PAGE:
by Sarah Beier
KCNPI Outreach Manager
Most Kansas Citians have grown up watching yearly fluctuations of Monarch butterflies as they search for nectar and milkweed in our gardens, parks and prairies. And many are familiar with a common Monarch mimic, the Viceroy. This year, however, a third orange butterfly with a royal name has shown up in a big way: the Queen.
The unusual season began around August 24th when a female was spotted depositing eggs in a garden north of the river. Those eggs have since produced caterpillars, and further sightings have occurred throughout the region:
- Late August – In a butterfly garden at a senior living facility in Olathe, KS
- 9/1/18 – Backyard in Overland Park, KS
- 9/1/18 – Whitmire Wildflower Garden at Shaw Nature Reserve, St. Louis
- 9/1/18 – Backyard near Overland, MO
- Around 9/1/18 – Two (male and female) in the gardens of a Kansas Master Naturalist near Tonganoxie, KS
- 9/6/18 – Paola, KS at the K-State Extension office
Two sightings have occurred in Lawrence, including one at Monarch Watch. At least one adult has been seen near Des Moines. Most have been reported through social media.
Queens, like Monarchs, lay their eggs on milkweed, and the caterpillars sport a similar set of distinctive stripes. They can be distinguished from monarchs as adults by the lack of black veining on the upper side of the wings, and the distribution of white spots on the underside. Queen caterpillars have three sets of tentacles, while Monarchs have only two. Chrysalises are nearly identical, with Queens being slightly smaller.
The normal U.S. range of Queen butterflies extends throughout Texas into Western Oklahoma, and as far north as Colorado, but usually only as far East as the very Western edge of Kansas. They are somewhat common in South central Kansas. Because Queens do not migrate, the individuals that have made it this far north will not return to their home range and all stages will die off as freezing weather sets in.”Multiple butterfly species, such as most of our sulphur butterflies, red admirals, buckeyes and painted and American ladies, are immigrants to the Kansas City area each summer,” says naturalist and Idalia society member Linda Williams. “Some of those will show a fall southwestward migration, others will die out in our area and be repopulated the next season. Some are permanent residents farther south in Missouri and will overwinter there. Queen butterflies do none of the above, although occasionally there will be a stray one show up in our area.”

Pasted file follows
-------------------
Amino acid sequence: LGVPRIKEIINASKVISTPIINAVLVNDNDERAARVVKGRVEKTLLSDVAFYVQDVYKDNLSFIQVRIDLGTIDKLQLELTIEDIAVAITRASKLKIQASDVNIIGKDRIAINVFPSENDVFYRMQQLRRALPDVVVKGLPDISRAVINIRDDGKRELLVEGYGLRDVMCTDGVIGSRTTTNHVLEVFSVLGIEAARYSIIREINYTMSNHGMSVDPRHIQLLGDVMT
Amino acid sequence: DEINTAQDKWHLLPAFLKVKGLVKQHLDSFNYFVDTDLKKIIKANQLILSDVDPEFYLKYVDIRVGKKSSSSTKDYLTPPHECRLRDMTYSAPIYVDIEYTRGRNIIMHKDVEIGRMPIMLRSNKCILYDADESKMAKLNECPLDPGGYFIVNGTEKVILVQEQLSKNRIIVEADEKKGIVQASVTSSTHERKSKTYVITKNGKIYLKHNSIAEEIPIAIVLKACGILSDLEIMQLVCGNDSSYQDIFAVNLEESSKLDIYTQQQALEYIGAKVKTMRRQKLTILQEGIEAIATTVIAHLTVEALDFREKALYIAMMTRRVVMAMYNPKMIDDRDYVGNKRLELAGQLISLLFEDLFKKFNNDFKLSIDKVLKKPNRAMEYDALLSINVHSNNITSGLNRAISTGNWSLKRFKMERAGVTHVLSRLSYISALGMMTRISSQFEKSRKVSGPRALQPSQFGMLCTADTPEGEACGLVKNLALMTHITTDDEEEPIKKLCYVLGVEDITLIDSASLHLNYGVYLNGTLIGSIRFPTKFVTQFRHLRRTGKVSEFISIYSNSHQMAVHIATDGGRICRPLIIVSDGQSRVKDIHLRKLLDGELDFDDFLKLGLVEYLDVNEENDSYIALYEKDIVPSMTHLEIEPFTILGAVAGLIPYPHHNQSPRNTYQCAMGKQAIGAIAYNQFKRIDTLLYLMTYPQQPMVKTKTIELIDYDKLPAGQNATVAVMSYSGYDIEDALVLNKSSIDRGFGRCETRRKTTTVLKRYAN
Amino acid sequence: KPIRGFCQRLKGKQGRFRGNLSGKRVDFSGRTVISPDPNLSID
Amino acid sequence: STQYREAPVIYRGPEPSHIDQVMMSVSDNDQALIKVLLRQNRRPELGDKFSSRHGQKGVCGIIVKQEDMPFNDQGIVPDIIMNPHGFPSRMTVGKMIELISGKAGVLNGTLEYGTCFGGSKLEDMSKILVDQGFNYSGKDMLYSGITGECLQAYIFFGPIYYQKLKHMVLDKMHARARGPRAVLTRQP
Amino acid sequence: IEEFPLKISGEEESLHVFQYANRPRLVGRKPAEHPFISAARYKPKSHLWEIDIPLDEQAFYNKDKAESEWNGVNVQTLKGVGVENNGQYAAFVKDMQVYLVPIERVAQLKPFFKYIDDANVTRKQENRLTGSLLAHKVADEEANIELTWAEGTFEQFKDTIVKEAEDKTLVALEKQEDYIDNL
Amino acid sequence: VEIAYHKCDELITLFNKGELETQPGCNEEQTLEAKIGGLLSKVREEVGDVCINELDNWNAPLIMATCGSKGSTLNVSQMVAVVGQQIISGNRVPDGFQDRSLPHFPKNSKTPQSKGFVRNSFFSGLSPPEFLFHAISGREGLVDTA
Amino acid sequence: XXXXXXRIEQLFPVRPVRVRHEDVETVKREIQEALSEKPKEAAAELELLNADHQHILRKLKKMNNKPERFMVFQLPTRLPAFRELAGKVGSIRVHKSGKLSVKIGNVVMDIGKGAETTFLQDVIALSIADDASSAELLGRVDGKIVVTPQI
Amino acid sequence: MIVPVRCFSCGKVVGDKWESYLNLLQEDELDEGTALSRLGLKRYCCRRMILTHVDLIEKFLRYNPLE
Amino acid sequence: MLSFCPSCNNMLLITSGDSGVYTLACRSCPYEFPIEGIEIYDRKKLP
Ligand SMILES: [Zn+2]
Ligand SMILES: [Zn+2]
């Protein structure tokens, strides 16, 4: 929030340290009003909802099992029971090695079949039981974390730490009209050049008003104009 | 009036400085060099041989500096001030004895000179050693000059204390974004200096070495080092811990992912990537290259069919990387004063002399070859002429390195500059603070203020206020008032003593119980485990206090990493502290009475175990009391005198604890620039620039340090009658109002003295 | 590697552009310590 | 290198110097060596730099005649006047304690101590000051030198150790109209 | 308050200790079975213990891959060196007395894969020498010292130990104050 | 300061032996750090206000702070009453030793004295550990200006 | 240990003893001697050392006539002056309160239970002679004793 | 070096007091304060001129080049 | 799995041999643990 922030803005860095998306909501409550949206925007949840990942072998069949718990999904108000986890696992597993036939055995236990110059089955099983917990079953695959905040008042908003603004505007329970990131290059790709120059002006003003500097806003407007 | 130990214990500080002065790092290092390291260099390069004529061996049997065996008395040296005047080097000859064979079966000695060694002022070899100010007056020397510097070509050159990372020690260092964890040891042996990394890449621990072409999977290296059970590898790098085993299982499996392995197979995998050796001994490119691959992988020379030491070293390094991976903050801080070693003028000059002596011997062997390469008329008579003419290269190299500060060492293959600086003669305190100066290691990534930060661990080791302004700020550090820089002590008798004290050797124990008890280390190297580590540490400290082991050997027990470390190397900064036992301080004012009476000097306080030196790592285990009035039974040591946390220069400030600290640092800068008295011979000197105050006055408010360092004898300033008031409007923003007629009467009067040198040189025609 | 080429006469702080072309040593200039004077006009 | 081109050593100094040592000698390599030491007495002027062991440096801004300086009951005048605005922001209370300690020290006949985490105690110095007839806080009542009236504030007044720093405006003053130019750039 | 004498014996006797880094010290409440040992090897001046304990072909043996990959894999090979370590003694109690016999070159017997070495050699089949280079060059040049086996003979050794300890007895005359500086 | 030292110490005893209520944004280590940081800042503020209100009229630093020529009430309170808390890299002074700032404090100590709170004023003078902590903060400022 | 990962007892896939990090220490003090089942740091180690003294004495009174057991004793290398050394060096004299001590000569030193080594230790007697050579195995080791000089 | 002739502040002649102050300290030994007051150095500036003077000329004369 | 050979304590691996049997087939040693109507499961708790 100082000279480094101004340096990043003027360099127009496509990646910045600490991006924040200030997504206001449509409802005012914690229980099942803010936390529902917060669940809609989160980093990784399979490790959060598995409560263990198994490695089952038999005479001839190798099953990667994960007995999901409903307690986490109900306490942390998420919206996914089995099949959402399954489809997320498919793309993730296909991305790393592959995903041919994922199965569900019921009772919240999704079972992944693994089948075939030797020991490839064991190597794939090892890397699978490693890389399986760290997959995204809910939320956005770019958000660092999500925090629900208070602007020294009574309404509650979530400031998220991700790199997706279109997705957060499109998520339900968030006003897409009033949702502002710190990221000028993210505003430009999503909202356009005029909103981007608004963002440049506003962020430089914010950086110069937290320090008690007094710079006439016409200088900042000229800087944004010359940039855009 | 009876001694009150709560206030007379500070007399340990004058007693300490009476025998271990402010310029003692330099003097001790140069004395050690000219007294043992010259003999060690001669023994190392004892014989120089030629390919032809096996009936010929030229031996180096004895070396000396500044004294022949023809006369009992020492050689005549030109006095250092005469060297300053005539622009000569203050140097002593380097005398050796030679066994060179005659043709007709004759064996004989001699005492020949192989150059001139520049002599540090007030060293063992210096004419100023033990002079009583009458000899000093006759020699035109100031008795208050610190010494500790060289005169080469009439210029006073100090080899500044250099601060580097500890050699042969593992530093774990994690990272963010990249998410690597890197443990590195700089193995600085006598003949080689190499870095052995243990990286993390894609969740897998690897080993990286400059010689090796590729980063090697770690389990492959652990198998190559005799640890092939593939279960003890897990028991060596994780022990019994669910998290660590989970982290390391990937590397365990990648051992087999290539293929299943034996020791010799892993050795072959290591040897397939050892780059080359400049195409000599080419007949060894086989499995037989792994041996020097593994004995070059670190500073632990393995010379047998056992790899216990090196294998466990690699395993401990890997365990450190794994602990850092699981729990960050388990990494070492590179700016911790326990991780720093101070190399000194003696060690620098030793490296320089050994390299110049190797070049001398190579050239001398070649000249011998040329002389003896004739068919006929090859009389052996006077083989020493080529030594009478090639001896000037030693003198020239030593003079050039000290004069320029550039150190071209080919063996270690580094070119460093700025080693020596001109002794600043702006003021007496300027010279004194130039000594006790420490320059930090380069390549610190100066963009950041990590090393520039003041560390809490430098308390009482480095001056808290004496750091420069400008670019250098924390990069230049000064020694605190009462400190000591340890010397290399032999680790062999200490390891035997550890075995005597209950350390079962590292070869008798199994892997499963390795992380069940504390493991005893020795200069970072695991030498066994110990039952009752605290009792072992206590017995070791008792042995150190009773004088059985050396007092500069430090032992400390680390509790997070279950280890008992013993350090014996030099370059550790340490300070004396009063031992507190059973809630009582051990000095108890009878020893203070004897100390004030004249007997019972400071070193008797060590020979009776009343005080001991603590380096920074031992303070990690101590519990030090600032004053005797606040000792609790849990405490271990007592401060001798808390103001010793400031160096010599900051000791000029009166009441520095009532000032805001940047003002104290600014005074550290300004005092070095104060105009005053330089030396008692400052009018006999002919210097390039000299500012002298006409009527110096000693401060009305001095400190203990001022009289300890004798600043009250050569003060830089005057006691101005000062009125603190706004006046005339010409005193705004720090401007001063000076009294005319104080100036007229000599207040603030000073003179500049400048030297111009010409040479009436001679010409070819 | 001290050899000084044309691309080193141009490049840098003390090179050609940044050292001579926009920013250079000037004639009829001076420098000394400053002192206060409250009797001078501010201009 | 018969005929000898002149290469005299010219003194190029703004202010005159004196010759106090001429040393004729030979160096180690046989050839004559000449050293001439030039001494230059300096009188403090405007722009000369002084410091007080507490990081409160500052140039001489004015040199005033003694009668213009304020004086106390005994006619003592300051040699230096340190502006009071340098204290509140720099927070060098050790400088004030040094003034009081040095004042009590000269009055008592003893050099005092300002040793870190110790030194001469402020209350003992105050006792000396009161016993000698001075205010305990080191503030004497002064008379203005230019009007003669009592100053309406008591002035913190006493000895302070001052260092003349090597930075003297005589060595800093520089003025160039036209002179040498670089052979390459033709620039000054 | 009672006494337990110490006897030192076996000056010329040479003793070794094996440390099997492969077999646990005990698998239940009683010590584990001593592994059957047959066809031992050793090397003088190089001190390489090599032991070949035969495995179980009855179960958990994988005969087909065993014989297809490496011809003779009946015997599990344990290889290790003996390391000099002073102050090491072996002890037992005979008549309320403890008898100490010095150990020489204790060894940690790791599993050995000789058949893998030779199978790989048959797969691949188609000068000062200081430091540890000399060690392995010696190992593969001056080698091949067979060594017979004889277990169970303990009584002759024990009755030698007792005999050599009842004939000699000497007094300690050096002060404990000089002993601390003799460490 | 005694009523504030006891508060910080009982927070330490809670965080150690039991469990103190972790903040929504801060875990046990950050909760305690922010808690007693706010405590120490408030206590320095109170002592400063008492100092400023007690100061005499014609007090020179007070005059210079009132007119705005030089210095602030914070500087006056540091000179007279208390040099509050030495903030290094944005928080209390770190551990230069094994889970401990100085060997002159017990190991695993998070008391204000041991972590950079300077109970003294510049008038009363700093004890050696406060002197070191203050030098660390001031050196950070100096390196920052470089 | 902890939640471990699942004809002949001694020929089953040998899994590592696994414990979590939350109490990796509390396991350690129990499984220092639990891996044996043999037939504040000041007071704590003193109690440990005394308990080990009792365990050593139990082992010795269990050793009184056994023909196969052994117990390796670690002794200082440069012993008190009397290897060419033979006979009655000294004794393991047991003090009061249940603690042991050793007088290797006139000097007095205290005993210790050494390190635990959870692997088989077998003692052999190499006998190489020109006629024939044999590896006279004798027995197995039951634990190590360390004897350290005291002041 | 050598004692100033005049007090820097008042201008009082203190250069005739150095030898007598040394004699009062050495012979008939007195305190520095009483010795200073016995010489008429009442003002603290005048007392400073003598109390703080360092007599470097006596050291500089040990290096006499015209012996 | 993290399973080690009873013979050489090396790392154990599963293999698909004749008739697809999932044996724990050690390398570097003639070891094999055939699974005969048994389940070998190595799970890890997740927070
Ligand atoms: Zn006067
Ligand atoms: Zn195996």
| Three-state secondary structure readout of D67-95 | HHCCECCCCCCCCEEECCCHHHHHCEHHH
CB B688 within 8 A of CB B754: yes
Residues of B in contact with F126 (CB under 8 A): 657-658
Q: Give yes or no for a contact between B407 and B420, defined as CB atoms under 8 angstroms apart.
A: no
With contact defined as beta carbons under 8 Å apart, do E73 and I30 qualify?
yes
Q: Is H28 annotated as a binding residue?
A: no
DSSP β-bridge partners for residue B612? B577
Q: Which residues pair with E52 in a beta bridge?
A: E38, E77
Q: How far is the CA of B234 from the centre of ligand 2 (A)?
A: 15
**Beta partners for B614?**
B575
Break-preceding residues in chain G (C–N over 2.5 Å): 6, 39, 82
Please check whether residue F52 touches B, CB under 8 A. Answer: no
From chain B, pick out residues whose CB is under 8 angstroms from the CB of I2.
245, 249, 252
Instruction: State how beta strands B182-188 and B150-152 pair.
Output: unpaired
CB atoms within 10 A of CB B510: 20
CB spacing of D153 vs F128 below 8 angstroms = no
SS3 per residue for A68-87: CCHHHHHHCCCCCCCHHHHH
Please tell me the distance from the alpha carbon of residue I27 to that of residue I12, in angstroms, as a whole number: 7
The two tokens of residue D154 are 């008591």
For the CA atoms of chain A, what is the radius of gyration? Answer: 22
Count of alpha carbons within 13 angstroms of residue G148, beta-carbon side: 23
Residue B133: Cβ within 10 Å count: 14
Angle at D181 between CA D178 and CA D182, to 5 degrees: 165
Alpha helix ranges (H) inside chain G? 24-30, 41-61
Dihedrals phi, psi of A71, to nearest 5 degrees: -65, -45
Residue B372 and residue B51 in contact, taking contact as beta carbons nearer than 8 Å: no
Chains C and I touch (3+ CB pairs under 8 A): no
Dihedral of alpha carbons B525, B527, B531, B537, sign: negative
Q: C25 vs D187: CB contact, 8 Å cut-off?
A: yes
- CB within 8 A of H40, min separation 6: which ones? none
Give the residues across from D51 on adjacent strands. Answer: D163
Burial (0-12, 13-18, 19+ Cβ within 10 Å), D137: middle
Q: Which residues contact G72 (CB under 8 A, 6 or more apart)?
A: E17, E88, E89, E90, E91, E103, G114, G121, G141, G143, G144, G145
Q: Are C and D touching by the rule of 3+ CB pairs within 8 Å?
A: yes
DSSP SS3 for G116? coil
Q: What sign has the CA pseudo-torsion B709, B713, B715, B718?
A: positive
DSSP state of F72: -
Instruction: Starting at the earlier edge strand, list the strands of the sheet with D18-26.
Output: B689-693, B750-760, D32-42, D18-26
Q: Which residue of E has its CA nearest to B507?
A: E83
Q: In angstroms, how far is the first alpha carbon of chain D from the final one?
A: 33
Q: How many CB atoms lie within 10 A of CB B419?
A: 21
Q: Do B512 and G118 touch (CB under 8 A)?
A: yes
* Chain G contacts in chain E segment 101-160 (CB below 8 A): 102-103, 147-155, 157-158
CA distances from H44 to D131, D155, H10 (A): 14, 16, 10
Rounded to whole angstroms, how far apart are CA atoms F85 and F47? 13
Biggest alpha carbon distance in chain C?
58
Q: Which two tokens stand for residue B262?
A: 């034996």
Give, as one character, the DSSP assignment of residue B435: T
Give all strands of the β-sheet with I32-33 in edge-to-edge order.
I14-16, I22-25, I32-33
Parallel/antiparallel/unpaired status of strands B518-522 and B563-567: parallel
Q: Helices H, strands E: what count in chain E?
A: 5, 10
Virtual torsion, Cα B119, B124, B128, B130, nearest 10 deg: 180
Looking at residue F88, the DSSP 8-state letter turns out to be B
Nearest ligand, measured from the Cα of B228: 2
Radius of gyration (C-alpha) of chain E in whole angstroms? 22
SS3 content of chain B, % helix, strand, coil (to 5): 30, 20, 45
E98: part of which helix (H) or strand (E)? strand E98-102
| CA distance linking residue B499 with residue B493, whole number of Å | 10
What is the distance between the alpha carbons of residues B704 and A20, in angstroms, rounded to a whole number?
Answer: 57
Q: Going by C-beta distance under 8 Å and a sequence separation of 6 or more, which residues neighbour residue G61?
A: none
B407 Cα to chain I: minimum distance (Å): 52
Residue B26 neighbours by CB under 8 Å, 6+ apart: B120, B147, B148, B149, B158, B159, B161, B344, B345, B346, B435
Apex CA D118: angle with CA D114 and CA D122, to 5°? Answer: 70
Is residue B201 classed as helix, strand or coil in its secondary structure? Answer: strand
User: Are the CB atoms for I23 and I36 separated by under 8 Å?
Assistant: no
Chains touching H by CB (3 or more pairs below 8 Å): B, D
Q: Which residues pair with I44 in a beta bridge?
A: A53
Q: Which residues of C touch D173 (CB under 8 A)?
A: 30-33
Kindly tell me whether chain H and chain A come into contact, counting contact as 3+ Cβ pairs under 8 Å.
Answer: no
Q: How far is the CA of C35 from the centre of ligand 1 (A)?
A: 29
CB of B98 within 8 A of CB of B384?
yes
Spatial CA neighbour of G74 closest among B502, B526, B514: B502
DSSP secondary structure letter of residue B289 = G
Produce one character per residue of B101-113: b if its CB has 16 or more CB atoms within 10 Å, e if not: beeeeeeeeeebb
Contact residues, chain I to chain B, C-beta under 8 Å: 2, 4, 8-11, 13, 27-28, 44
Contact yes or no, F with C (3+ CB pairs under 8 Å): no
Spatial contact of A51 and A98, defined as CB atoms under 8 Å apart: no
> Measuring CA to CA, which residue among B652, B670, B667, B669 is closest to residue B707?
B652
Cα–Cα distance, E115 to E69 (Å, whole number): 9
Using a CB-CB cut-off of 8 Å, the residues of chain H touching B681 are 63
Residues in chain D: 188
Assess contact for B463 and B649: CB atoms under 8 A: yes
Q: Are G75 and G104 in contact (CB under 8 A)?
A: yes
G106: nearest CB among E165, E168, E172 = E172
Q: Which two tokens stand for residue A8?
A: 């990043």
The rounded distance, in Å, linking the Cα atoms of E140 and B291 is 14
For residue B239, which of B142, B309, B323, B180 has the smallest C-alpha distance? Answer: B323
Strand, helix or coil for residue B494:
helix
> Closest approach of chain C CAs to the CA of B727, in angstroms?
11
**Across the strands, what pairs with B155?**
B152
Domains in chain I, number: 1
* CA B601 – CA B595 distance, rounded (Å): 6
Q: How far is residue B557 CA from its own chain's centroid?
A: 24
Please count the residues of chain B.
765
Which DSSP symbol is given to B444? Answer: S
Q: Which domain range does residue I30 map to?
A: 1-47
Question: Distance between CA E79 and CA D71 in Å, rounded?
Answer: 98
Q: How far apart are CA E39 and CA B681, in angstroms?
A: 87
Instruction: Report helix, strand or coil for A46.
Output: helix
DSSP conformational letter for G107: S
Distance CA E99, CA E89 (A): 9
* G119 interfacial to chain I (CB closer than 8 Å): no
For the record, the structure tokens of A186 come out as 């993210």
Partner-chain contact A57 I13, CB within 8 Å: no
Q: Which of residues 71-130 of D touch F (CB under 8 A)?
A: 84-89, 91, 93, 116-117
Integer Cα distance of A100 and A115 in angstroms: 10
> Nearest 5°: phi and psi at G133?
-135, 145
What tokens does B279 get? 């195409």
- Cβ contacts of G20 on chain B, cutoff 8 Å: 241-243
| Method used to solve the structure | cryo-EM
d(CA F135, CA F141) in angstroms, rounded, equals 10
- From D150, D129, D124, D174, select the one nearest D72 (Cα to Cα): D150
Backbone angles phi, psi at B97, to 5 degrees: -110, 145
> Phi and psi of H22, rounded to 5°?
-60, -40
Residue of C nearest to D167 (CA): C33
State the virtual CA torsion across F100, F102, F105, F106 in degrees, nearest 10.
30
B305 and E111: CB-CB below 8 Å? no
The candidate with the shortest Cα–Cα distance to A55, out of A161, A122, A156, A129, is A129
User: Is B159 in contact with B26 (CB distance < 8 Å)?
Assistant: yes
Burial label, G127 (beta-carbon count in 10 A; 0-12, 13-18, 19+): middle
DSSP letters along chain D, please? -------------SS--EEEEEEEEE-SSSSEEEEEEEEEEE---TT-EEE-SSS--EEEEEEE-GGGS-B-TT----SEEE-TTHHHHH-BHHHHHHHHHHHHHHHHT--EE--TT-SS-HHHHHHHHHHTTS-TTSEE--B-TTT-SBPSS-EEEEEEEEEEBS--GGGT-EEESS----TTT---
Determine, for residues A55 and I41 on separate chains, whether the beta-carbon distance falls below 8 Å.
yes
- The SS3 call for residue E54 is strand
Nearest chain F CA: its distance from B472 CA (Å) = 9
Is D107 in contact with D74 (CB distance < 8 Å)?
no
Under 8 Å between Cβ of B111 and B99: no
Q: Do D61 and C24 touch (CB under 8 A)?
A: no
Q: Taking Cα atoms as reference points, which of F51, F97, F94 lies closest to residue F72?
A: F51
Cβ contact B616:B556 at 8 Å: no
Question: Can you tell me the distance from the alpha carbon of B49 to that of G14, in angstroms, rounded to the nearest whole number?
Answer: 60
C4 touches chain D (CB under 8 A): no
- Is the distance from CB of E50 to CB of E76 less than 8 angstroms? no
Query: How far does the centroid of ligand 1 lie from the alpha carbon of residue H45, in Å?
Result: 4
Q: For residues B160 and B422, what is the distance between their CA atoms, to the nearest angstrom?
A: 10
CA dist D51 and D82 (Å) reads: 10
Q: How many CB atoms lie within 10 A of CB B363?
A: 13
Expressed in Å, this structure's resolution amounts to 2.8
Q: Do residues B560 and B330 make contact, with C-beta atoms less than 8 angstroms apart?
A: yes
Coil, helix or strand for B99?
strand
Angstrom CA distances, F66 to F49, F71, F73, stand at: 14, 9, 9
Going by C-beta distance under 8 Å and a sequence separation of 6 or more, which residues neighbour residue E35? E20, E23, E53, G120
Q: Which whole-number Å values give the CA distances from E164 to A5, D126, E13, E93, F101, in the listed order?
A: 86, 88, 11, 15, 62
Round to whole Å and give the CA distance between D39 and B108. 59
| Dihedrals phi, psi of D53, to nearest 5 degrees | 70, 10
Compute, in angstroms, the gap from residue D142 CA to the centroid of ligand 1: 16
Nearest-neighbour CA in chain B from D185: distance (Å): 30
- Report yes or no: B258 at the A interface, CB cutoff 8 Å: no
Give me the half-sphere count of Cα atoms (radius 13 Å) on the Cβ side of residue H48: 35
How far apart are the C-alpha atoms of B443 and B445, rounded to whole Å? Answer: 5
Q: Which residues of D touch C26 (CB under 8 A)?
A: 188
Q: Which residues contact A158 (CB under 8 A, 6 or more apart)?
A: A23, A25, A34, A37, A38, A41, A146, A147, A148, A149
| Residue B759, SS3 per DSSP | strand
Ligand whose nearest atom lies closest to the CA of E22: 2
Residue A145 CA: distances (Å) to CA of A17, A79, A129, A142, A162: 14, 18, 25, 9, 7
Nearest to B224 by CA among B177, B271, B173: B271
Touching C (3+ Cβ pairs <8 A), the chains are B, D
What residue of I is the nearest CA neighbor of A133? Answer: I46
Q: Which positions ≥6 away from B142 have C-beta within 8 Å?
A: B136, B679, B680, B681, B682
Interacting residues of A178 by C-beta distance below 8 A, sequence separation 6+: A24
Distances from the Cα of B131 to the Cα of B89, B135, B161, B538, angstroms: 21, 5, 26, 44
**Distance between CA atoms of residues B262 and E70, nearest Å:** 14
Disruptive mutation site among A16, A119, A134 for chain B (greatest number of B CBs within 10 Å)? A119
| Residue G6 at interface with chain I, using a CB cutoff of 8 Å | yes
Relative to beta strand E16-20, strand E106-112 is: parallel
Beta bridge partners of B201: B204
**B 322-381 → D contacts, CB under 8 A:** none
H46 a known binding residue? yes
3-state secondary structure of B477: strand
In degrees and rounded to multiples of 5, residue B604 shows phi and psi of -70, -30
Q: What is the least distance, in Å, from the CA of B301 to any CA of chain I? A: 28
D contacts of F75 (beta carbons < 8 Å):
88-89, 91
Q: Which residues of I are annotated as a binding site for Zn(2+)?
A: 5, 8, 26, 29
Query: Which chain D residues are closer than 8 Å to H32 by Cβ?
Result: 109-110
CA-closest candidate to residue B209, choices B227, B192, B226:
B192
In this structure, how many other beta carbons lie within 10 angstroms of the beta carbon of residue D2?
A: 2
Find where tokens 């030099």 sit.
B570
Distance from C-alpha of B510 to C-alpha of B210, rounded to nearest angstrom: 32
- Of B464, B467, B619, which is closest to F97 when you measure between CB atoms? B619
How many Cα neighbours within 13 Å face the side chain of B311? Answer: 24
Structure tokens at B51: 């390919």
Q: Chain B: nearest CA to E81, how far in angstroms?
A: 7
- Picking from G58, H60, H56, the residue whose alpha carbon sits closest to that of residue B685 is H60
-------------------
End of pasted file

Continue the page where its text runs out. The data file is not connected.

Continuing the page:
Local butterfly experts are not sure why this year has brought more strays than usual. Insects can sometimes be blown into unfamiliar territory by hurricane or storm winds. Drought conditions can also send butterflies far out of their normal ranges as they search for food sources. It’s simply too soon to tell. Says Williams, “Time will tell what this influx means, if anything. It could be just an anomaly. Wouldn’t it be cool to see it on a regular basis in the future?”
For now, keep your eyes open and let us know if you find any of these regal visitors. You can also report unusual insect sightings using websites such as bugguide.net, iNaturalist, and Butterflies And Moths of North America.